1 Thess 5:16-24
Until about forty years ago, this was called Gaudete Sunday, from the first word in today’s entrance verse from St. Paul’s letter to Philippians: “Rejoice in the Lord always; again I say, rejoice! The Lord is near” [Phil 4:4-5]. His words are echoed in the beginning of the second reading, “Rejoice always, never cease praying: render constant thanks.” [1 Thess. 5:16]. In the first reading Isaiah tells us: “I rejoice heartily in the Lord, in my God is the joy of my soul” [Is. 61: 10]. And the responsorial psalm comes from the wonderful hymn of Mary from St. Luke’s gospel: “My soul magnifies the Lord, and my spirit rejoices in God my Savior” [Luke 1: 46-47.
Traditionally, the violet vestments of Advent are also lightened today to rose, a forecast of the joyful feast that is just two weeks ahead. It is easy to see why the third Sunday got the nickname Gaudete. Call it “Rejoice Sunday.”
Even so, some people tend to get particularly grumpy, grouchy, and irritable at this time of year. Ebenezer Scrooge and the Grinch are very much with us. Of course there are always reasons to be unhappy and remorseful: war in the Middle East, the weather (though not here so much), injustice, racism, the flu, student loans and credit card debt — the price we pay for indulging in the commercial extravagance encouraged by what is now known as the shopping season. But there are much better reasons to be joyful. Let me suggest that one of them is not shopping till you drop.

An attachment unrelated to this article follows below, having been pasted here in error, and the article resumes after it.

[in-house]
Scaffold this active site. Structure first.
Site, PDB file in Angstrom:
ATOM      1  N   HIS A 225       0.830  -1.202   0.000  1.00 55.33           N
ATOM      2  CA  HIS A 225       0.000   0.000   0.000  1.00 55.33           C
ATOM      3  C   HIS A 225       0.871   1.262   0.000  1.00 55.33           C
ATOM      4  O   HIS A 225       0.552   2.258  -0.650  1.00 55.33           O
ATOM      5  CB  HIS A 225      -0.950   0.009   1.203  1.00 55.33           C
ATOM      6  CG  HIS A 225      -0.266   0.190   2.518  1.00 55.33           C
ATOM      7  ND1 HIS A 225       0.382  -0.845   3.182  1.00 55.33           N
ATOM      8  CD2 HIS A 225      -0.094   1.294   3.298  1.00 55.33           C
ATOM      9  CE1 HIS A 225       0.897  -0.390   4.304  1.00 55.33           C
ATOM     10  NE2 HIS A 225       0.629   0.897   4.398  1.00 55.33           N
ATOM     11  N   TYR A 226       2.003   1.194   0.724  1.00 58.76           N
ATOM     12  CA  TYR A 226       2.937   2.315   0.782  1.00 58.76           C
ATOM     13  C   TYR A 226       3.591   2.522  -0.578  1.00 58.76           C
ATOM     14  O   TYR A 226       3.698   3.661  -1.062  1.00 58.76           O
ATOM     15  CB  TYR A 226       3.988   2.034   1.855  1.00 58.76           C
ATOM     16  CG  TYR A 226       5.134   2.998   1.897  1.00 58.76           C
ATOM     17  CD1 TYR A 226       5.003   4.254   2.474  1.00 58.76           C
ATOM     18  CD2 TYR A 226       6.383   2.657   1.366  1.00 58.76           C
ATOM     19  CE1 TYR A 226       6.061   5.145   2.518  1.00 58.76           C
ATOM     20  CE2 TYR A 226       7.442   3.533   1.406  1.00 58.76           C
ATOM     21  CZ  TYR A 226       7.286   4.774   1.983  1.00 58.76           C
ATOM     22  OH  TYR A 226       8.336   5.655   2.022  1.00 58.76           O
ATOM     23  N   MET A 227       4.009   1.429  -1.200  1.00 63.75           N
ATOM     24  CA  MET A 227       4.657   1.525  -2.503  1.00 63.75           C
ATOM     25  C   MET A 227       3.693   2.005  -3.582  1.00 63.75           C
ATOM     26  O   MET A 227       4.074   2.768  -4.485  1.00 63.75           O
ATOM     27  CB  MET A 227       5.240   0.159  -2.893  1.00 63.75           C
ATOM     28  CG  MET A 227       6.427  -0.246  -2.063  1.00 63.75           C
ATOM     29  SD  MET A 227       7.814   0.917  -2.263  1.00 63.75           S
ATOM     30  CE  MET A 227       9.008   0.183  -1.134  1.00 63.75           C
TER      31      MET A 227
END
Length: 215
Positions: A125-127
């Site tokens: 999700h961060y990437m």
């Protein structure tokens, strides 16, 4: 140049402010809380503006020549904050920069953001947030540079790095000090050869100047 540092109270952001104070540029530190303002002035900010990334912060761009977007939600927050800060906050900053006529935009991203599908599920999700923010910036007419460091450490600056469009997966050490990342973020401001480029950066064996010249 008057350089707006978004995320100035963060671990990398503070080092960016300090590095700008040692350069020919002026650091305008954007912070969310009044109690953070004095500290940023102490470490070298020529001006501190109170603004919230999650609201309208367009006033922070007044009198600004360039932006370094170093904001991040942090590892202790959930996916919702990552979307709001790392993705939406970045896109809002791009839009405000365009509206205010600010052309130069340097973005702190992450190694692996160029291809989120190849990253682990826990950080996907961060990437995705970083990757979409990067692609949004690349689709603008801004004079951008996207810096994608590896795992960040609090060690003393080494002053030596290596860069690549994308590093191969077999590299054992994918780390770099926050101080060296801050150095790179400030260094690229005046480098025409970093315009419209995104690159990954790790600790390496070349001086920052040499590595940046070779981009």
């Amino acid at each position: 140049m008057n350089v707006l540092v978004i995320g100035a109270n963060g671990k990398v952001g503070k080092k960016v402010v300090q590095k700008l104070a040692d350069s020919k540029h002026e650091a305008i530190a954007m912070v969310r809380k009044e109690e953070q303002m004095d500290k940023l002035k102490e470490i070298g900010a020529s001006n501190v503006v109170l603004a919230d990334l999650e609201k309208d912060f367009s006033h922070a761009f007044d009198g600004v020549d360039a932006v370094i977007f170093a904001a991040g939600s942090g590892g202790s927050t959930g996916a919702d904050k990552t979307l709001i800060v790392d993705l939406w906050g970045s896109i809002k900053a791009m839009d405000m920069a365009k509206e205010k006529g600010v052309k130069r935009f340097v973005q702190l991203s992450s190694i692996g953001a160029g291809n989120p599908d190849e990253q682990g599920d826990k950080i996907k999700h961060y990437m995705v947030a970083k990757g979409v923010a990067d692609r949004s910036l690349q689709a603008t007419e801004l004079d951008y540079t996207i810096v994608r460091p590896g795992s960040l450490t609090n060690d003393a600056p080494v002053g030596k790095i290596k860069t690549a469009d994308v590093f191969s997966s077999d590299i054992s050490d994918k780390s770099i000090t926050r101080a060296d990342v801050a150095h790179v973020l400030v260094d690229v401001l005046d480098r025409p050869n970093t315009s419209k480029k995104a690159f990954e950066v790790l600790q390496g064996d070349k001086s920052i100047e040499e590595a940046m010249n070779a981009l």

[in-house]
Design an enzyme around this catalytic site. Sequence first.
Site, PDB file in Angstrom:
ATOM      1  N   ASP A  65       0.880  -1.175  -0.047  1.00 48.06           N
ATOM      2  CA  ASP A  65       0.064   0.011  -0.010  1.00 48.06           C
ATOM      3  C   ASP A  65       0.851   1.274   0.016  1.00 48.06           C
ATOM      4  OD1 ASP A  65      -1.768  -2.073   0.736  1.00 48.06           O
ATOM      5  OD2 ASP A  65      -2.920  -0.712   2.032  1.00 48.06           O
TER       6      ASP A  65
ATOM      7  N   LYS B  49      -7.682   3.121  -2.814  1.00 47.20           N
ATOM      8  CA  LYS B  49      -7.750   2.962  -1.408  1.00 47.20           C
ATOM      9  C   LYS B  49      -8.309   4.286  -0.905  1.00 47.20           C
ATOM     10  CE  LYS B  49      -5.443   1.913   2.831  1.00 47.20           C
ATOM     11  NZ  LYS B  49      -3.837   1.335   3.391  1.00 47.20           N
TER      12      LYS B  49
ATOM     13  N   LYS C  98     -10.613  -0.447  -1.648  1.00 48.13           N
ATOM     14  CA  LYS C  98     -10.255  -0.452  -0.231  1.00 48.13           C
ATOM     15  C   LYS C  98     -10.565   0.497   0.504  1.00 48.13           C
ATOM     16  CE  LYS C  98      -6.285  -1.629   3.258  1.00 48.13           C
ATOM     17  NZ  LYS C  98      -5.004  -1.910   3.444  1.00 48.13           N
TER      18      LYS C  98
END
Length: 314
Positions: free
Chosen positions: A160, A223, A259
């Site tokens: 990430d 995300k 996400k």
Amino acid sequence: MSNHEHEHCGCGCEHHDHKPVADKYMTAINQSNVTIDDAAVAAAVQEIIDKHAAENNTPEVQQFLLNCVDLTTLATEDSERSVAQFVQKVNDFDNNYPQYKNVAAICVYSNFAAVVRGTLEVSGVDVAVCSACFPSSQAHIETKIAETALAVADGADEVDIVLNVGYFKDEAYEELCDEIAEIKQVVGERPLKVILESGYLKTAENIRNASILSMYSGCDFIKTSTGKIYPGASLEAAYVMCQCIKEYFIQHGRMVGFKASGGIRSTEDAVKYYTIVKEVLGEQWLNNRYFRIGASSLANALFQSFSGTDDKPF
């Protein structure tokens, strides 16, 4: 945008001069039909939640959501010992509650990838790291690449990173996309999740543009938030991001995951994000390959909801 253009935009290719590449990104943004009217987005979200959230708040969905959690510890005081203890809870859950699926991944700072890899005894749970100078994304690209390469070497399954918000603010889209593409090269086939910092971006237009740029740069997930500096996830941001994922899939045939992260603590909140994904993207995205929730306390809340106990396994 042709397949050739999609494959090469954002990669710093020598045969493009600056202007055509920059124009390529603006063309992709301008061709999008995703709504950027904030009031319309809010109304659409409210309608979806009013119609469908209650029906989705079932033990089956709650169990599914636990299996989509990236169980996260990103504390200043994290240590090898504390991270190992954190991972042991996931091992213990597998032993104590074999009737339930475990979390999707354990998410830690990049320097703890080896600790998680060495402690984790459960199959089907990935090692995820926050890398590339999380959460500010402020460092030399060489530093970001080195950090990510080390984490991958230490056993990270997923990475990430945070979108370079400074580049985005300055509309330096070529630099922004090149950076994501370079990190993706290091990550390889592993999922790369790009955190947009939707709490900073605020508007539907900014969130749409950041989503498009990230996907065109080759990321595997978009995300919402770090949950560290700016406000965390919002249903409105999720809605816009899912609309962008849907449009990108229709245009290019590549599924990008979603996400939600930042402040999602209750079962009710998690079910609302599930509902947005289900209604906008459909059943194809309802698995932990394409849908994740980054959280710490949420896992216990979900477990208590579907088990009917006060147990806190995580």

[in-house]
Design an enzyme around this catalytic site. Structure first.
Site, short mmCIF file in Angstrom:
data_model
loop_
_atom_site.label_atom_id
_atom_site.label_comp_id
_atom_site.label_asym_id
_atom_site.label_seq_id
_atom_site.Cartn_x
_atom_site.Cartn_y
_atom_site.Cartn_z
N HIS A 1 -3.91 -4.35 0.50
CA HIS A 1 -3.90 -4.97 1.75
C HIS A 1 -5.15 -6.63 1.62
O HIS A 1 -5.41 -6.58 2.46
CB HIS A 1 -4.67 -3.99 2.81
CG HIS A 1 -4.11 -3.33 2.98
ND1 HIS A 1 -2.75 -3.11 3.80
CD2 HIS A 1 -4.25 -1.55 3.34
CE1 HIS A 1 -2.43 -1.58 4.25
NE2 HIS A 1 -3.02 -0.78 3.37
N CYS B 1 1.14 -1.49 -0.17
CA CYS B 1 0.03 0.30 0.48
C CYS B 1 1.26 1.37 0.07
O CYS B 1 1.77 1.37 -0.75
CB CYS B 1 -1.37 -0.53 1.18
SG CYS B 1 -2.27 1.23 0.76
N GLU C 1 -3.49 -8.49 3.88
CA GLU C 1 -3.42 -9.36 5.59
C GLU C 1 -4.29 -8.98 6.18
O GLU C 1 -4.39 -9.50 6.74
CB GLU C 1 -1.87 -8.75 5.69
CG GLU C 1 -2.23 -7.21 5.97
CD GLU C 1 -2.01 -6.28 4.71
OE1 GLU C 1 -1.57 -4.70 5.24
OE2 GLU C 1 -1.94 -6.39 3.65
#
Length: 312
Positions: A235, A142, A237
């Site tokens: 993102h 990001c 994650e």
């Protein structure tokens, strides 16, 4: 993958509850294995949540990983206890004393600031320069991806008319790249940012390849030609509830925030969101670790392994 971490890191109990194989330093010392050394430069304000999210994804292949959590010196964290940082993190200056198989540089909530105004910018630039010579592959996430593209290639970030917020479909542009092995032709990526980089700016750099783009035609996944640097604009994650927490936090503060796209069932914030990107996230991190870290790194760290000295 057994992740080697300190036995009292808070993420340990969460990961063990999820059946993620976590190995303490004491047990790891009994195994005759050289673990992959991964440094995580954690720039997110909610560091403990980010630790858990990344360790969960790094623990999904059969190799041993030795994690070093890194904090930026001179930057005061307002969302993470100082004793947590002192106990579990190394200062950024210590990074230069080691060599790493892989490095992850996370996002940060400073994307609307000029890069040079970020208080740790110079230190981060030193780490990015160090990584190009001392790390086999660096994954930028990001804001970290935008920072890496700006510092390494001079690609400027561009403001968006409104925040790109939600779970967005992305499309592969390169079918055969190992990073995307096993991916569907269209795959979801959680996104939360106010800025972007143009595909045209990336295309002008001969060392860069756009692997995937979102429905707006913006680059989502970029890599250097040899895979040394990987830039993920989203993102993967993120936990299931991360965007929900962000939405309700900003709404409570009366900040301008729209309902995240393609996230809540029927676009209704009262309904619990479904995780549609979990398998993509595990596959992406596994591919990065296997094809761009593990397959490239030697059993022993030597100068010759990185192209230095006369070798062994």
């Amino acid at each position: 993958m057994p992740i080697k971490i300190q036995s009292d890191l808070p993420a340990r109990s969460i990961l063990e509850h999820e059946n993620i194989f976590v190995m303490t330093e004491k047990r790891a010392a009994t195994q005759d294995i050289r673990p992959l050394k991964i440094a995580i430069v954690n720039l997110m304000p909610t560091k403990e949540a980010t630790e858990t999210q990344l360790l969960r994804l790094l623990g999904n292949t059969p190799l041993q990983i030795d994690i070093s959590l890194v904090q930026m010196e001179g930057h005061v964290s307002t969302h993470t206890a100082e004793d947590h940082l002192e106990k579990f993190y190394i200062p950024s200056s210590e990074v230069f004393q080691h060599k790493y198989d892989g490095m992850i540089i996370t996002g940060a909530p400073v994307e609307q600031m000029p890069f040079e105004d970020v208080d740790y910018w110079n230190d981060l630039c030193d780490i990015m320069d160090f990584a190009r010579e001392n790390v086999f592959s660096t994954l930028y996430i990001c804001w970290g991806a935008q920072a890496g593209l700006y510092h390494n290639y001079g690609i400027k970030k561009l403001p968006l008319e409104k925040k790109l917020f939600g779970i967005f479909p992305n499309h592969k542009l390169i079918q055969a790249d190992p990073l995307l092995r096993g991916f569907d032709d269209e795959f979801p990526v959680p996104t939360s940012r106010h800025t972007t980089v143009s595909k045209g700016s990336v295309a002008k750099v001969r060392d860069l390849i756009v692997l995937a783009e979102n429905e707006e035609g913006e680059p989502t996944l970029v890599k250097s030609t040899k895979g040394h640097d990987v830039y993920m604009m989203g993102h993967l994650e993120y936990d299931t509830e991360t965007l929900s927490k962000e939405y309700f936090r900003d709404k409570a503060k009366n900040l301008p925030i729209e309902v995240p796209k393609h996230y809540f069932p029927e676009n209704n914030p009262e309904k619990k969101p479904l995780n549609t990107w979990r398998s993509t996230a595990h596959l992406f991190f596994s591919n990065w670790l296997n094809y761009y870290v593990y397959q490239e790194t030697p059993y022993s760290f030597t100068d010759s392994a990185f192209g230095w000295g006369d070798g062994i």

The feast of Christmas itself certainly gives us cause to rejoice, especially those who are having a hard time of it. For if you recall, the first announcements of the coming of the Messiah were made to poor people — a young couple in a hick town in northern Galilee, some grimy shepherds, and if things haven’t changed a great deal, those wise men were academics rather than kings and weren’t paid enough. Teachers never are. But what brings joy is not power, fame, or wealth. Jesus made that clear enough. What do we celebrate, then? What gives us joy? To begin with, family.
In recent times some evangelical Christian churches, mainly the big warehouse churches, took a lot of heat because they decided not to have services on Christmas day, never mind the fact that they are having dozens of Advent services leading up to Christmas. But they felt that people (including the large staff at mega-churches) should be able to spend the day at home with their families. If that is how they wish to celebrate Christmas, what loss is that to us? Wish them well. And so far as I know, even Walmart will be closed on Christmas Day. It’s the only day of the year Walmart closes, so be strong.